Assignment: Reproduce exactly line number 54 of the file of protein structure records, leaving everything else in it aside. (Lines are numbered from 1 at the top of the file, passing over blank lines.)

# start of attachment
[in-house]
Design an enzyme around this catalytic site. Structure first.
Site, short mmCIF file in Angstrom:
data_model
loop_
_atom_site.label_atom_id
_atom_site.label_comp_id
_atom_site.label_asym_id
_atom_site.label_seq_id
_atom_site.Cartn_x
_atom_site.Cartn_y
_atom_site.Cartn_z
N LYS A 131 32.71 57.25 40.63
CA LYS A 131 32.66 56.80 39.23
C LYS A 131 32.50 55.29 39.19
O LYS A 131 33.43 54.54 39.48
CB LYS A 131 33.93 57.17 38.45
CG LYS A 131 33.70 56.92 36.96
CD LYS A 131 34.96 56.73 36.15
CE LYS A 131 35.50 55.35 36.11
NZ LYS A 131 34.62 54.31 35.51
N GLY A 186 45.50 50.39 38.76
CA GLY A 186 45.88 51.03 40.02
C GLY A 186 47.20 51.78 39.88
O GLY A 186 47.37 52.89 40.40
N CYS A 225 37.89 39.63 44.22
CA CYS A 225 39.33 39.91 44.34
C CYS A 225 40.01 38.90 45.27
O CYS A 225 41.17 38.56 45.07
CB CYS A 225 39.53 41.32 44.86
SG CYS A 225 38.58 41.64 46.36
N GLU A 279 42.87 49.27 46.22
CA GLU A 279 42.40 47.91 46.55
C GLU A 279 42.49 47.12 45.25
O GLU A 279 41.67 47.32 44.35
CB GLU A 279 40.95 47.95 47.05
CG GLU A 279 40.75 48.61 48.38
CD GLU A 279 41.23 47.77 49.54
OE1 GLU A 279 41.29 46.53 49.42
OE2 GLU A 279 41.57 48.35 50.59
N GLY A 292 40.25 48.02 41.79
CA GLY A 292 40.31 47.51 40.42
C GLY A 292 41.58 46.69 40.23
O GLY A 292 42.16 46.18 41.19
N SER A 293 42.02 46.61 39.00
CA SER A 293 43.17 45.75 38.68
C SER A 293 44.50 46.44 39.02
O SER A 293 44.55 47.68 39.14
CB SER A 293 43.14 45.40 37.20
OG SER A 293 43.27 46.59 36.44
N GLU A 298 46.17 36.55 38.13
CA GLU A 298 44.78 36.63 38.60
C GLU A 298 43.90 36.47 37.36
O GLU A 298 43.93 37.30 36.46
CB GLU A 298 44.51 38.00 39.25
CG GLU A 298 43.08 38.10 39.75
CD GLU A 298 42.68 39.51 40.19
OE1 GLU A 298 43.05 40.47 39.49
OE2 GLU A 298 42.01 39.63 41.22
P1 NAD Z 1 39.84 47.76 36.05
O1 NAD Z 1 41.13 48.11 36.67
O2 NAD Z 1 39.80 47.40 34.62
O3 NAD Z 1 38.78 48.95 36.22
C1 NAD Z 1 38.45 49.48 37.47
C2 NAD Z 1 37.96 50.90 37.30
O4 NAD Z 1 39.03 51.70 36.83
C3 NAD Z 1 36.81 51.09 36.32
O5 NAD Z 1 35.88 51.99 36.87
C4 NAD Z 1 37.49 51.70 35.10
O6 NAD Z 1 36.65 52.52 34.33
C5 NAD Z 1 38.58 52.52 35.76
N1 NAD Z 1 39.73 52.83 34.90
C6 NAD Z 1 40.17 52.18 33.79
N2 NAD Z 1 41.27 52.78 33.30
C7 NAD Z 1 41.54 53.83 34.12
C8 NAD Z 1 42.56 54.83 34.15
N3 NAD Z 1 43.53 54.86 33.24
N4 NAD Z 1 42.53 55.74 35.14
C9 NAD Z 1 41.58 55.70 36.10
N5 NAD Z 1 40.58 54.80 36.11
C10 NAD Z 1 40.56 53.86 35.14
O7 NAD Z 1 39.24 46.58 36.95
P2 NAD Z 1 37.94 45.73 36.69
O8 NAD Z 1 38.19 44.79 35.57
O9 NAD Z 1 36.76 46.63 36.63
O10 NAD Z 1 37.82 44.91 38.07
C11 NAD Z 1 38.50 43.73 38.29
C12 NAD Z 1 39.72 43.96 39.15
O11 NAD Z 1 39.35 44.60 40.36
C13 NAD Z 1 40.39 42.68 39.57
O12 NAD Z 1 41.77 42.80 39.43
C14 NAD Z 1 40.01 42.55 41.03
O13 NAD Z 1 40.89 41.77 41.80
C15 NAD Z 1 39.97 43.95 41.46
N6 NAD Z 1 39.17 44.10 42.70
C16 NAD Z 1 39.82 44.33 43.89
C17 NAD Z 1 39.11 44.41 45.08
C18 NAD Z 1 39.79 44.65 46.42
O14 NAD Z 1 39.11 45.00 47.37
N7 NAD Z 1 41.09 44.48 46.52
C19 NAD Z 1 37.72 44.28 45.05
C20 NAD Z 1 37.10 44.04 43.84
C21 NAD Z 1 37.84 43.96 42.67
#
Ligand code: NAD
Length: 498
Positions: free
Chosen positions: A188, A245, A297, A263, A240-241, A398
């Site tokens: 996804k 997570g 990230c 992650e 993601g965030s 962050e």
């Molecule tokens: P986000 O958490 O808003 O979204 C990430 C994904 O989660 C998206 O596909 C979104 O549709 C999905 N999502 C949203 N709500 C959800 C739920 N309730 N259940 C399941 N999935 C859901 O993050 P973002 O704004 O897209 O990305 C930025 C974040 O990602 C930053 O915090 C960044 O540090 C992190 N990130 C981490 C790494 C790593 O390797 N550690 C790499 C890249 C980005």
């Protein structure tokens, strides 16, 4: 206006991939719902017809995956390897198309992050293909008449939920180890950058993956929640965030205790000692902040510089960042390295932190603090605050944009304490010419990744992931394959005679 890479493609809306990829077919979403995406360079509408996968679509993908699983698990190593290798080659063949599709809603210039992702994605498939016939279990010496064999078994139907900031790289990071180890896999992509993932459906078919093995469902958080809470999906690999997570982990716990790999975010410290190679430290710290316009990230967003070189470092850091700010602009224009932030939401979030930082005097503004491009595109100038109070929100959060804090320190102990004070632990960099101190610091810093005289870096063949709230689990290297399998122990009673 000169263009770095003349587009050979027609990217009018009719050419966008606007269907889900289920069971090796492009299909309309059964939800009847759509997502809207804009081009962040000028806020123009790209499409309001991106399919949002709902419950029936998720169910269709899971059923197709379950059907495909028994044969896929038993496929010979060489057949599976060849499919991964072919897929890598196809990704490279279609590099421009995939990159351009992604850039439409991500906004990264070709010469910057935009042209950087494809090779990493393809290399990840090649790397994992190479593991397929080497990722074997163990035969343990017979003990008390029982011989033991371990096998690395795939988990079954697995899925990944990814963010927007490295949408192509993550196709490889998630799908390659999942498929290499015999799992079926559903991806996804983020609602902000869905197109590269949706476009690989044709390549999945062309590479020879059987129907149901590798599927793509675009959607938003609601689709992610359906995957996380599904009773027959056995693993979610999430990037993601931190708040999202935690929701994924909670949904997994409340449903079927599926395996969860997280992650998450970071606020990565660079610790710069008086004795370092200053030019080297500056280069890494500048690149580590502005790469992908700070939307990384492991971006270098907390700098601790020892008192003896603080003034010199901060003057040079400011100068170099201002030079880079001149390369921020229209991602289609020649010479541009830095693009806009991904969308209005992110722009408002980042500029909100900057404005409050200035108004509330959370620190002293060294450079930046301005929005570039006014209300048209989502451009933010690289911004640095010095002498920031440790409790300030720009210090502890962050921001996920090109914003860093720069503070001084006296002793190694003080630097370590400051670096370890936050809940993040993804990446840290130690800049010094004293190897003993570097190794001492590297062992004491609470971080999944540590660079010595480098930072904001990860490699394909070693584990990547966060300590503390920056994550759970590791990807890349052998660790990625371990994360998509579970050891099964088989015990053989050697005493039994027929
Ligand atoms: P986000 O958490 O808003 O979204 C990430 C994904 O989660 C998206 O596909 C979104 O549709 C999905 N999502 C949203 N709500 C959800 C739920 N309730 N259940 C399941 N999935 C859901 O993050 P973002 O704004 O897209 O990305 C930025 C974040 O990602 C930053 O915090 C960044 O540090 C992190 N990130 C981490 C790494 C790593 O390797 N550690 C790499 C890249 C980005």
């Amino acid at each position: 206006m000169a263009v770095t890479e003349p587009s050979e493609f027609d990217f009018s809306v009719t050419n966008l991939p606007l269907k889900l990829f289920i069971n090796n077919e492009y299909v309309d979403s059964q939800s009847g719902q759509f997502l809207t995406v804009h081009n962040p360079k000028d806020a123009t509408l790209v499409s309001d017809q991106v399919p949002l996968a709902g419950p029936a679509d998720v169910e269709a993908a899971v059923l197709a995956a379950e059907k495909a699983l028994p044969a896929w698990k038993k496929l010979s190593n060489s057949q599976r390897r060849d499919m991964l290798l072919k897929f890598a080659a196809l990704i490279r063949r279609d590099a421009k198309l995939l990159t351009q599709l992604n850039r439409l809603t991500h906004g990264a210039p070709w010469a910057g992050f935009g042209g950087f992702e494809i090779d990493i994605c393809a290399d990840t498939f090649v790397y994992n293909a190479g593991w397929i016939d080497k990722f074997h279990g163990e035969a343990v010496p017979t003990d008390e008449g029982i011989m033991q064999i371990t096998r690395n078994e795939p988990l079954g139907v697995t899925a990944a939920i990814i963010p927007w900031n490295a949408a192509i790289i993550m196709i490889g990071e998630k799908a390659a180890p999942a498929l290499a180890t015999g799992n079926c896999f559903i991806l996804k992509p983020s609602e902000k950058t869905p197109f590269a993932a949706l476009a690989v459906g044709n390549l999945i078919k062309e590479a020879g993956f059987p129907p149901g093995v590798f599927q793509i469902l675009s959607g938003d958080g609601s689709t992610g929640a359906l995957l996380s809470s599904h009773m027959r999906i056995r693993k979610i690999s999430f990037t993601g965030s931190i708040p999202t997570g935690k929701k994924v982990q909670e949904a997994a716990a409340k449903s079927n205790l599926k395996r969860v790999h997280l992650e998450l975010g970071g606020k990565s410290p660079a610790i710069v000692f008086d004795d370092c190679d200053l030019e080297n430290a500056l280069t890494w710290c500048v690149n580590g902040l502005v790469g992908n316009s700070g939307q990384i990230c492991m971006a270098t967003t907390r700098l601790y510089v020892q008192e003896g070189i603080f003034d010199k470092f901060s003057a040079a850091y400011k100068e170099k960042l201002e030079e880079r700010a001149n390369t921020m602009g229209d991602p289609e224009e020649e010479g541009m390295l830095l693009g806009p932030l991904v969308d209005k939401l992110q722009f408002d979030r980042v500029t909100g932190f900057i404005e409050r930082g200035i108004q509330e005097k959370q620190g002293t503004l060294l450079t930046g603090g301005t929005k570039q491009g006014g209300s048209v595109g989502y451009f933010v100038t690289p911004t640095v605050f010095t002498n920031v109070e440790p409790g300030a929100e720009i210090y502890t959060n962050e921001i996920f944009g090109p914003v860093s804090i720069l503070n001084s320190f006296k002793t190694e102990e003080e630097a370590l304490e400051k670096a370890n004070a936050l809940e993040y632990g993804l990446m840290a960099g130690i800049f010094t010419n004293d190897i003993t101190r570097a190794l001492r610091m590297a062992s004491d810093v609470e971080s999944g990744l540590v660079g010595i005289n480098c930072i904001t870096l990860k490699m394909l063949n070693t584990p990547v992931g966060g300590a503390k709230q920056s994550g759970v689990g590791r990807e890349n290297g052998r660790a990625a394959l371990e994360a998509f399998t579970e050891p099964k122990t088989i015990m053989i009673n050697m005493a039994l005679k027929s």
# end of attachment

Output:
O GLU A 298 43.93 37.30 36.46